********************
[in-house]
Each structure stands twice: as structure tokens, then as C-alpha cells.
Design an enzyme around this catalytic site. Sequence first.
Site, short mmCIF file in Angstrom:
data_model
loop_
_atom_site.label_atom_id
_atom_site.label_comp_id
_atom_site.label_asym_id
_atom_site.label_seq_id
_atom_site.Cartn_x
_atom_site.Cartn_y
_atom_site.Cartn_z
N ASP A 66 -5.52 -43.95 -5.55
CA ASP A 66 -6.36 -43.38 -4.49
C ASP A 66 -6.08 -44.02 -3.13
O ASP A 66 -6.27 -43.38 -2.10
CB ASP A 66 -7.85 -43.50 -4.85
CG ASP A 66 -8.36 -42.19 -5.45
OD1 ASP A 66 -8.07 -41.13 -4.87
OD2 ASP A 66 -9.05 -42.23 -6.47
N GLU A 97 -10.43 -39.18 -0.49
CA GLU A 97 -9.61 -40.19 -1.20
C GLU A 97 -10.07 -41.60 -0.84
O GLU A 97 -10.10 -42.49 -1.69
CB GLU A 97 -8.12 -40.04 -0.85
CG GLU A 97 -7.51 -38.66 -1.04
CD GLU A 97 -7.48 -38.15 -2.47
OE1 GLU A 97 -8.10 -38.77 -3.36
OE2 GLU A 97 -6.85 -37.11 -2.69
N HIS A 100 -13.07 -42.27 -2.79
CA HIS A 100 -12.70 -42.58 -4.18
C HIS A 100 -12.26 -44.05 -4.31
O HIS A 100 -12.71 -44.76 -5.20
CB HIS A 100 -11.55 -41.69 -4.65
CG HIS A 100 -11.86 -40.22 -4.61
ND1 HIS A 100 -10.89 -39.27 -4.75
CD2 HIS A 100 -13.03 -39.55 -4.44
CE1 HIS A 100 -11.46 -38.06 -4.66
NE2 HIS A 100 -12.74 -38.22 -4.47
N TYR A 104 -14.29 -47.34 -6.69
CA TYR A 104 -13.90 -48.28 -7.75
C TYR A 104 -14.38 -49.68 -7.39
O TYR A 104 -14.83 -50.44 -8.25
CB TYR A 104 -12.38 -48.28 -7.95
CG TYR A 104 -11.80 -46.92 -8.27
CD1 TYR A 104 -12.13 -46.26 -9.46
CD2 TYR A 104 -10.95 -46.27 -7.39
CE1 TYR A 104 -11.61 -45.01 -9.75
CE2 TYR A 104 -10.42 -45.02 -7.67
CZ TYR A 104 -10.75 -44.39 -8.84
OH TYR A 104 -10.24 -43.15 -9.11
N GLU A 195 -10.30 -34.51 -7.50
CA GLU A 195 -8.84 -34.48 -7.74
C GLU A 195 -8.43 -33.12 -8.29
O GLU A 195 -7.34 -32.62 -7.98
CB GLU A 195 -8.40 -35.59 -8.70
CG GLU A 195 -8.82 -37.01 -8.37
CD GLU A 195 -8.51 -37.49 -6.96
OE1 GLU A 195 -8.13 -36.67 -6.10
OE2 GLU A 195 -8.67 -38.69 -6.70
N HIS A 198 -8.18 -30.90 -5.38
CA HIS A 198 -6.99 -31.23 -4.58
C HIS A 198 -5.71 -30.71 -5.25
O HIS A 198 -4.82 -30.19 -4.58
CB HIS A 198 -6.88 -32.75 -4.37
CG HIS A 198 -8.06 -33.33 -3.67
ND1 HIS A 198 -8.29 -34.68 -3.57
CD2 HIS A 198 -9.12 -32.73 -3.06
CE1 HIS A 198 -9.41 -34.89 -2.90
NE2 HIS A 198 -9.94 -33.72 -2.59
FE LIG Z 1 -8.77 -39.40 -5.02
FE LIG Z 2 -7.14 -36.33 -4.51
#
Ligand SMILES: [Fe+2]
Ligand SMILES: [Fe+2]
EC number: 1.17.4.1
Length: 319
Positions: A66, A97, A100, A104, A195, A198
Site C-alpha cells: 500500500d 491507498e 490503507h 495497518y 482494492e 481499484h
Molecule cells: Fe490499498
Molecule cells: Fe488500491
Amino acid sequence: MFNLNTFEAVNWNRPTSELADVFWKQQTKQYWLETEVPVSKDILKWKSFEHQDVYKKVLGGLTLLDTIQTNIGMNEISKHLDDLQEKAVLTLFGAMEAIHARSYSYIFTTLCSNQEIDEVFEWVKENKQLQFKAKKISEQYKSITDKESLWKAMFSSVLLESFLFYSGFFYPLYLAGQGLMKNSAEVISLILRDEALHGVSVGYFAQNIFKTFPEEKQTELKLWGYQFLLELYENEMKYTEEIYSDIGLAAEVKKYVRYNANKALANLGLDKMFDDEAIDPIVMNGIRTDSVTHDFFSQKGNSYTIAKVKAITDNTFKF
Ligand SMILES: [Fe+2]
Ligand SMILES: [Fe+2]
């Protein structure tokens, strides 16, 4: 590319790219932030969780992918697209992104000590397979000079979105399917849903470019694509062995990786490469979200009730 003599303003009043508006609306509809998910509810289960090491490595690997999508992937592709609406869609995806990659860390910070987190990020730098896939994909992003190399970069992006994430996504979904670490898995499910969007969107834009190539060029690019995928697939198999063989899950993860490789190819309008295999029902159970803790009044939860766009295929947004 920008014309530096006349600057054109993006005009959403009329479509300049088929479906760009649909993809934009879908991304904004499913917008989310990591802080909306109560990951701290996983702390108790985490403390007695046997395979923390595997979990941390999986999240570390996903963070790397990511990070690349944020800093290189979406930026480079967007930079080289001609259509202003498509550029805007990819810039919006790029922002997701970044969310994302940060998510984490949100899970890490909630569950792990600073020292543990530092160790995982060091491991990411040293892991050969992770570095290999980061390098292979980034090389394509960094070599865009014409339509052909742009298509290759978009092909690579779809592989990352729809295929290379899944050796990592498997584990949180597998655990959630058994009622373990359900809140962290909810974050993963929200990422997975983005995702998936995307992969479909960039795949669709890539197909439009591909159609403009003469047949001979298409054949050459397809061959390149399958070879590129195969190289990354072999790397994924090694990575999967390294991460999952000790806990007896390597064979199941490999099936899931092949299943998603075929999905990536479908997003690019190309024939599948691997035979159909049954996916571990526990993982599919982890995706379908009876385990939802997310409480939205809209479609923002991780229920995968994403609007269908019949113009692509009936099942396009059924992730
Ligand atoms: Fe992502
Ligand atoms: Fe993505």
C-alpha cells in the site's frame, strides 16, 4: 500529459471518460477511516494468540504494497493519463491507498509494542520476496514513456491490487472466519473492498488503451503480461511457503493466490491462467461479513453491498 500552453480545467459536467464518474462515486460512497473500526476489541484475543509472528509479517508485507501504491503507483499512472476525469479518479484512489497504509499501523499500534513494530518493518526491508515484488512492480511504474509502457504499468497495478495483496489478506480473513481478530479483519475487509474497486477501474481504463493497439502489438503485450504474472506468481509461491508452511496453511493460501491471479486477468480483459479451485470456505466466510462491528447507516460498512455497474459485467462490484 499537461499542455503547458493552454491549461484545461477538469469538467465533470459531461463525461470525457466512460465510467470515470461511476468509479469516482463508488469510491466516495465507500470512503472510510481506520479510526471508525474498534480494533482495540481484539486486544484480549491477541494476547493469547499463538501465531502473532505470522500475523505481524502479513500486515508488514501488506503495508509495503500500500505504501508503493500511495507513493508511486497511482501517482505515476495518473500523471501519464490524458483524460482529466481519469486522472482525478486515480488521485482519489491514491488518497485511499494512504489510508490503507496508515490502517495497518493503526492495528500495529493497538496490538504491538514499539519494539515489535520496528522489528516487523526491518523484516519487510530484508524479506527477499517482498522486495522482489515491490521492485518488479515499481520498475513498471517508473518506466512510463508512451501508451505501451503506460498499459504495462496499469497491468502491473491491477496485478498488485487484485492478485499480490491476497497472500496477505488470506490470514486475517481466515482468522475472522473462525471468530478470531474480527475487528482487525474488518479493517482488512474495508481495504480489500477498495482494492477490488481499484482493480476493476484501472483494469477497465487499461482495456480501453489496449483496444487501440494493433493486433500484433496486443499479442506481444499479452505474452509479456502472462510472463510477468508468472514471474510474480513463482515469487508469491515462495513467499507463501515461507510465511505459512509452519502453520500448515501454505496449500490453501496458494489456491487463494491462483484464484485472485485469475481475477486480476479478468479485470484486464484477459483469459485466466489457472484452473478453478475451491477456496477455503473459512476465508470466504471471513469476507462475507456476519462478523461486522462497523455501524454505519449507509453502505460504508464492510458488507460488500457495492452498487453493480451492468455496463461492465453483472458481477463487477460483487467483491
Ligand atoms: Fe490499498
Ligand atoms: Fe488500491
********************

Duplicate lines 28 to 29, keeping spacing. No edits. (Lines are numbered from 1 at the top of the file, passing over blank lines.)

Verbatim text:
CD GLU A 97 -7.48 -38.15 -2.47
OE1 GLU A 97 -8.10 -38.77 -3.36